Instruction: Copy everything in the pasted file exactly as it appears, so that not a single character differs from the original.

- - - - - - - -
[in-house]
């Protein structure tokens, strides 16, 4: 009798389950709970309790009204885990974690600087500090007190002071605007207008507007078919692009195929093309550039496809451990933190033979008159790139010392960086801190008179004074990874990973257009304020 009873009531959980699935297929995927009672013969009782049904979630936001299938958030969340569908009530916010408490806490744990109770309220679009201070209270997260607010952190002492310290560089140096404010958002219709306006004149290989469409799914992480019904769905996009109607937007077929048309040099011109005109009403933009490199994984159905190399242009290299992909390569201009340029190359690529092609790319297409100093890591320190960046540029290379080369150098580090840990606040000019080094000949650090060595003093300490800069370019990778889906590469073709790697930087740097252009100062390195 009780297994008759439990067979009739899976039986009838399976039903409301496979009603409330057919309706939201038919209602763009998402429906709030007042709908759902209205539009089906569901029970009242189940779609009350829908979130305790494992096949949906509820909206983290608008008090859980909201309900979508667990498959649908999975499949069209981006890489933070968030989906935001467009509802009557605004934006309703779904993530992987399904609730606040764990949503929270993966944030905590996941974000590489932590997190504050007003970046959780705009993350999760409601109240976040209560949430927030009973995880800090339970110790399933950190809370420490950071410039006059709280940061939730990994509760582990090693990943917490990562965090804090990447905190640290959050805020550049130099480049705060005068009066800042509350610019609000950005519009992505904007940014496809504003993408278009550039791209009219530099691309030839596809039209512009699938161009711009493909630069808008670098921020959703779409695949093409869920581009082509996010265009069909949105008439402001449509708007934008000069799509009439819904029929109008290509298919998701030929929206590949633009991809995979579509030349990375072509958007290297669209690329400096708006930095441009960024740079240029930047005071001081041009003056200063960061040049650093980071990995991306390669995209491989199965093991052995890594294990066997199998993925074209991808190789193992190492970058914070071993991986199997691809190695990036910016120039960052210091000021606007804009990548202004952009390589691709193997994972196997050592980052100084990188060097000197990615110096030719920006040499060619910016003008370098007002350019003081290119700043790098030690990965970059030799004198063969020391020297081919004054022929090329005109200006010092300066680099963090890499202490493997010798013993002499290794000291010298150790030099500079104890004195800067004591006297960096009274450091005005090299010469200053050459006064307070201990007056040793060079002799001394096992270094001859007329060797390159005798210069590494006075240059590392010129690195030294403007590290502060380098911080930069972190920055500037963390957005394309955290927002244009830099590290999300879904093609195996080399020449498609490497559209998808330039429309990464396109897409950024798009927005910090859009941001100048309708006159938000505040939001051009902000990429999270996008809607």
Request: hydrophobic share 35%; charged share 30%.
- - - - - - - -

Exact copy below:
[in-house]
């Protein structure tokens, strides 16, 4: 009798389950709970309790009204885990974690600087500090007190002071605007207008507007078919692009195929093309550039496809451990933190033979008159790139010392960086801190008179004074990874990973257009304020 009873009531959980699935297929995927009672013969009782049904979630936001299938958030969340569908009530916010408490806490744990109770309220679009201070209270997260607010952190002492310290560089140096404010958002219709306006004149290989469409799914992480019904769905996009109607937007077929048309040099011109005109009403933009490199994984159905190399242009290299992909390569201009340029190359690529092609790319297409100093890591320190960046540029290379080369150098580090840990606040000019080094000949650090060595003093300490800069370019990778889906590469073709790697930087740097252009100062390195 009780297994008759439990067979009739899976039986009838399976039903409301496979009603409330057919309706939201038919209602763009998402429906709030007042709908759902209205539009089906569901029970009242189940779609009350829908979130305790494992096949949906509820909206983290608008008090859980909201309900979508667990498959649908999975499949069209981006890489933070968030989906935001467009509802009557605004934006309703779904993530992987399904609730606040764990949503929270993966944030905590996941974000590489932590997190504050007003970046959780705009993350999760409601109240976040209560949430927030009973995880800090339970110790399933950190809370420490950071410039006059709280940061939730990994509760582990090693990943917490990562965090804090990447905190640290959050805020550049130099480049705060005068009066800042509350610019609000950005519009992505904007940014496809504003993408278009550039791209009219530099691309030839596809039209512009699938161009711009493909630069808008670098921020959703779409695949093409869920581009082509996010265009069909949105008439402001449509708007934008000069799509009439819904029929109008290509298919998701030929929206590949633009991809995979579509030349990375072509958007290297669209690329400096708006930095441009960024740079240029930047005071001081041009003056200063960061040049650093980071990995991306390669995209491989199965093991052995890594294990066997199998993925074209991808190789193992190492970058914070071993991986199997691809190695990036910016120039960052210091000021606007804009990548202004952009390589691709193997994972196997050592980052100084990188060097000197990615110096030719920006040499060619910016003008370098007002350019003081290119700043790098030690990965970059030799004198063969020391020297081919004054022929090329005109200006010092300066680099963090890499202490493997010798013993002499290794000291010298150790030099500079104890004195800067004591006297960096009274450091005005090299010469200053050459006064307070201990007056040793060079002799001394096992270094001859007329060797390159005798210069590494006075240059590392010129690195030294403007590290502060380098911080930069972190920055500037963390957005394309955290927002244009830099590290999300879904093609195996080399020449498609490497559209998808330039429309990464396109897409950024798009927005910090859009941001100048309708006159938000505040939001051009902000990429999270996008809607």
Request: hydrophobic share 35%; charged share 30%.